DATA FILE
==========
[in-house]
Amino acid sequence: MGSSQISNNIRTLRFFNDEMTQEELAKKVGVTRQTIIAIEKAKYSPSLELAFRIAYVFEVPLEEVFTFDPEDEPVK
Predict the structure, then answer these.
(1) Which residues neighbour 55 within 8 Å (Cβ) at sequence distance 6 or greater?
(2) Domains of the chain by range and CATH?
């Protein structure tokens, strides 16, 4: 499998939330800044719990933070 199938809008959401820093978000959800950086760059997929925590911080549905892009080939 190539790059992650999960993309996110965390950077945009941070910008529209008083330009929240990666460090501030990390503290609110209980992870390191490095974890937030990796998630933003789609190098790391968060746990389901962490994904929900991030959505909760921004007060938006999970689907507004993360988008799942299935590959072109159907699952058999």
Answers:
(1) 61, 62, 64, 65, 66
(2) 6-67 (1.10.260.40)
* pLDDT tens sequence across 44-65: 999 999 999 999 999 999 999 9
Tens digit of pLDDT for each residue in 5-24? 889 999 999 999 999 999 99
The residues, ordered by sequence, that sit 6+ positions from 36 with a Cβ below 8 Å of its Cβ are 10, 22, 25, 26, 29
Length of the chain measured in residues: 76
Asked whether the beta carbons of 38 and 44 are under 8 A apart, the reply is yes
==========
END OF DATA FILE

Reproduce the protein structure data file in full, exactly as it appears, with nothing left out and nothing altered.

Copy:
[in-house]
Amino acid sequence: MGSSQISNNIRTLRFFNDEMTQEELAKKVGVTRQTIIAIEKAKYSPSLELAFRIAYVFEVPLEEVFTFDPEDEPVK
Predict the structure, then answer these.
(1) Which residues neighbour 55 within 8 Å (Cβ) at sequence distance 6 or greater?
(2) Domains of the chain by range and CATH?
């Protein structure tokens, strides 16, 4: 499998939330800044719990933070 199938809008959401820093978000959800950086760059997929925590911080549905892009080939 190539790059992650999960993309996110965390950077945009941070910008529209008083330009929240990666460090501030990390503290609110209980992870390191490095974890937030990796998630933003789609190098790391968060746990389901962490994904929900991030959505909760921004007060938006999970689907507004993360988008799942299935590959072109159907699952058999």
Answers:
(1) 61, 62, 64, 65, 66
(2) 6-67 (1.10.260.40)
* pLDDT tens sequence across 44-65: 999 999 999 999 999 999 999 9
Tens digit of pLDDT for each residue in 5-24? 889 999 999 999 999 999 99
The residues, ordered by sequence, that sit 6+ positions from 36 with a Cβ below 8 Å of its Cβ are 10, 22, 25, 26, 29
Length of the chain measured in residues: 76
Asked whether the beta carbons of 38 and 44 are under 8 A apart, the reply is yes